The proportion of isolated (nonsusceptible) persons in the population, pI, is an assumption based on data from developing countries, in which the prevalence of H. pylori among adults achieves an asymptote of approximately 80% by age 30 (1,20). We assumed that earlier acquisition of H. pylori is associated with development of corpus-predominant gastritis and subsequent CAG, GU, and GC, and that acquisition at older ages is more likely to lead to antrum-predominant gastritis and subsequent DU (11,12,21). Therefore, we adopted 5% and 95% for the proportions of gastritis initially restricted to the antrum in children and adults, respectively. We chose 75% as the proportion of antrum gastritis in youths; this estimation had to be closer to that of adults than to that of children for the delay of Hp acquisition to result in more persons with antrum-predominant gastritis and subsequent DU.
We derived the rates of clinical progression from gastritis to cancer from published information (13,15,22-25). The model also incorporated deaths from DU, GU, and GC. GU is not an explicit compartment in our model; instead, we modeled the possibility that a person with CAG would die of GU, in accordance with previous studies that documented an increased risk for GU in persons with CAG (12,16).
Transmission Parameters, Validation of the Model, and Future Trends
We calculated incidence as a function of the number of susceptible and infected persons in the population and the transmission parameter, , which is a constant that characterizes infectivity of the pathogen. The number of infected persons at each period was determined by adding the number of persons with antrum- and corpus-predominant gastritis, DU, and CAG. We multiplied the number of CAG patients by a factor (<1), to reflect the fact that the infection may subside (or H. pylori density may be lower) as a result of atrophy (26), and therefore would contribute less to the transmission of H. pylori. Furthermore, we assumed that the role of GC patients as a source of infection was negligible.
ß may differ according to the population, age of infective and susceptible persons, environmental conditions, household sanitary and hygiene practices, and genetic characteristics of the organism itself (e.g., strain differences). Direct measurement of ß is not possible for most infections (8). However, the value of ß and its change over time must be estimated to assess the impact of public health programs against H. pylori. Since the incidence and prevalence of H. pylori have been decreasing in the absence of a vaccine (which would decrease the number of susceptible persons) or widespread eradication therapies (which would decrease the number of infected persons), the historical decrease in H. pylori incidence must represent a decrease in ß. Thus, we estimated the value of ß in the 19th century by simulating an endemic equilibrium condition of H. pylori in the U.S. population. We then estimated the change in ß that would account for the observed patterns of DU and GC. Finally, we extrapolated ß for the 21st century to estimate the future trends in H. pylori-associated DU and GC.
We set up the model with nine transmission parameters, according to the age groups of infected and susceptible persons. To find ßs in mid-1800s, we assumed that the pattern of infection in the United States at that time was similar to that in developing countries today, i.e., rapid acquisition of H. pylori at younger ages (up to 5 years old) and subsequent slower acquisition rate, achieving a maximum prevalence of approximately 80%. In personal interviews, four experts in H. pylori epidemiology provided an assessment of the transmissibility among different age groups; they estimated transmission among children to be 5 to 10 times higher than among adults (Hazell SL, Megraud F, Blaser M, Correa P, unpub. comm.). No assessment could be obtained for the different inter-age group transmissions (ßCY, ßCA, ßYC, ßYA, ßAC, ßAY). For the baseline analysis, we assumed that inter-age group transmissions are negligible compared with intra-age group transmissions (ßCC, ßYY, ßAA) because on average, interaction among persons of the same age group is the highest.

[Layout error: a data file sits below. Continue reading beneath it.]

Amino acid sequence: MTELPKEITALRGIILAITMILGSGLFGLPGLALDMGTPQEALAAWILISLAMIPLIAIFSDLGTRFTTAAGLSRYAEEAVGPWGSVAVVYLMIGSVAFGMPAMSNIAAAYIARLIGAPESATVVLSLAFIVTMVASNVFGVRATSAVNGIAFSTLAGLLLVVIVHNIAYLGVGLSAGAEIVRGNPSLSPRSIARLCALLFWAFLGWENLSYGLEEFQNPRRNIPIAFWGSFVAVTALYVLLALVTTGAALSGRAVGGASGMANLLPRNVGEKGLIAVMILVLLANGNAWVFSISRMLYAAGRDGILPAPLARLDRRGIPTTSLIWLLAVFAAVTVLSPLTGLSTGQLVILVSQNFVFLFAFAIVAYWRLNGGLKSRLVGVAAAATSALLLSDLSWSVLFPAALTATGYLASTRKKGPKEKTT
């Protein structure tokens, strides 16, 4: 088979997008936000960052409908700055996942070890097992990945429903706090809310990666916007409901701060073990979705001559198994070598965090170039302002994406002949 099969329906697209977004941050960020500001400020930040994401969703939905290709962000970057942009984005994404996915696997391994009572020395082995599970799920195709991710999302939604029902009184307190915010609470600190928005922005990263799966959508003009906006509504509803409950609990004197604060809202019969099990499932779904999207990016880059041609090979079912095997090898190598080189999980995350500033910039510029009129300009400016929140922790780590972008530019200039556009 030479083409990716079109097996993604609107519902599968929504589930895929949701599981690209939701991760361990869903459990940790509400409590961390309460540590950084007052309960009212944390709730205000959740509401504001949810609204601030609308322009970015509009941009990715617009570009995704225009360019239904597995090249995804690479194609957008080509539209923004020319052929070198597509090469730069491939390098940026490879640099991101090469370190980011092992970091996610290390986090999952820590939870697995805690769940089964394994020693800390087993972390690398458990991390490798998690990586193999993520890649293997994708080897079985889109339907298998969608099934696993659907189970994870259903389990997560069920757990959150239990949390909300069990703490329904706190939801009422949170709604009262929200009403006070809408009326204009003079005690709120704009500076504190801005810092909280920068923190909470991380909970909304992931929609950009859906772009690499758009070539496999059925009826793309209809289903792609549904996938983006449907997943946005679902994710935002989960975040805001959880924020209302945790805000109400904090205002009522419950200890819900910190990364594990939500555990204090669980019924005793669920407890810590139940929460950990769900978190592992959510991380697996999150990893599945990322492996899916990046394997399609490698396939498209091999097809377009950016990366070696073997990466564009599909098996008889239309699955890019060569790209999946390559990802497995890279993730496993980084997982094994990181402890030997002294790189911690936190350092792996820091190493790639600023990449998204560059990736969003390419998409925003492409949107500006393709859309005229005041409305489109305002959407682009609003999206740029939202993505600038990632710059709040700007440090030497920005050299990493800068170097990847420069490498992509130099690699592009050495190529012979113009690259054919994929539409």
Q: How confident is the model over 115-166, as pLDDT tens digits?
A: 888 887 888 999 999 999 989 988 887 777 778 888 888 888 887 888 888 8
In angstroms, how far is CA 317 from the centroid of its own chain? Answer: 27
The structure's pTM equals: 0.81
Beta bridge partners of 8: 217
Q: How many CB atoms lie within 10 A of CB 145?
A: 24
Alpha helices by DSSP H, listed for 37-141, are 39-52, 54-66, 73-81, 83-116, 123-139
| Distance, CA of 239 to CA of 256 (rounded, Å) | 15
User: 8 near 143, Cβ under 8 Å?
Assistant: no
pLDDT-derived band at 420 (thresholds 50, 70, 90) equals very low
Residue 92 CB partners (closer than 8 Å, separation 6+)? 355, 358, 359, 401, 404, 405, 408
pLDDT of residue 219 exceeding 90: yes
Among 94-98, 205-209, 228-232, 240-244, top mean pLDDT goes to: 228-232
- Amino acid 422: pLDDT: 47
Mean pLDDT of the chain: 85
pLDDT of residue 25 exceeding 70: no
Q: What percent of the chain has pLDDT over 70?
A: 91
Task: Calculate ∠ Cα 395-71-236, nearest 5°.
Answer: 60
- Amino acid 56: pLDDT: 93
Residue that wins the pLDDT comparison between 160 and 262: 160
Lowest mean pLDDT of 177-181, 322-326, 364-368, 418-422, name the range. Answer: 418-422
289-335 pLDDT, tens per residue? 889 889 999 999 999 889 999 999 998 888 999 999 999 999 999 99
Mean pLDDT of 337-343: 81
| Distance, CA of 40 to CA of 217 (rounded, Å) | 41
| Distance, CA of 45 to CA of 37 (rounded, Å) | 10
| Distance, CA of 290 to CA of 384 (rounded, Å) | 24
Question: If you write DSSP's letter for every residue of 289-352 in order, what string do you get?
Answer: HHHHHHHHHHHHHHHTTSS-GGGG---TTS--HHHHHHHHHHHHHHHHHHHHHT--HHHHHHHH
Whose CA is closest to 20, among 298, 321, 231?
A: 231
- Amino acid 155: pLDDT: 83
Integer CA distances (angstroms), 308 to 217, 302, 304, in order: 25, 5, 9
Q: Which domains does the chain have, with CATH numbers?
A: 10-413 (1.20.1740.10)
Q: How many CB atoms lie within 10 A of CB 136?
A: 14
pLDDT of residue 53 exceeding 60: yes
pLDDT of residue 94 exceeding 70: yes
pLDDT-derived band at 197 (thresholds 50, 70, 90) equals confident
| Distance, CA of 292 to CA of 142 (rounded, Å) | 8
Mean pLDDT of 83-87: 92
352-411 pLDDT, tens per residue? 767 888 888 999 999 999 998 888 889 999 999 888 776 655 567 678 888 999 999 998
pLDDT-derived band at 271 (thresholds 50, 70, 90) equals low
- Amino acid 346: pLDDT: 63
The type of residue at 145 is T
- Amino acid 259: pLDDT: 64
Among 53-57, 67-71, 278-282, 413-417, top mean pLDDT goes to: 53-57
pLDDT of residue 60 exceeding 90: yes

Once we established transmission parameters for the mid-1800s, we estimated changes in transmissibility that could explain the historical patterns of GC and DU. GC incidence and deaths have been decreasing since the beginning of the 20th century (25,27,28). DU, however, is characterized by a rise and fall within the 19th century (29-31). For DU, long-term estimates were based on other statistics, such as deaths, physician visits, and hospitalized patients.
Investigators have postulated that the different patterns of GC and DU could be explained by a more rapid decline in childhood than in adult incidence, thereby decreasing the proportion of new infections acquired in childhood (10,32). We evaluated whether changes in ß consistent with this hypothesis could reasonably explain disease patterns. We then extrapolated the transmissibility values into the year 2100 on the basis of our projections for future socioeconomic changes that would affect the dynamics of H. pylori transmission, and estimated the future trends in H. pylori prevalence, as well as the incidence of H. pylori-associated GC and DU.
We implemented the model using the software package Powersim Constructor Version 2.5 (Powersim Corp., Herndon, VA), integrated with Microsoft Excel 97 (Microsoft Corp., Redmond, VA). We set Powersim to use Runge-Kutta 4th-order integration method and time-step of 1 year.
To obtain correct flows of age groups, at the implementation level we further subdivided the child and youth groups by 1-year age increments (i.e., birth through first birthday, 1 year of age through second birthday . . . 14 years of age through 15th birthday). We subdivided the adult compartments by 5-year age increments up to 85 years of age (15 years of age through 20th birthday . . . 80 years of age through 85th birthday, 85+), which allowed us to program the age-specific death rate and track the aging of cohorts with relative accuracy.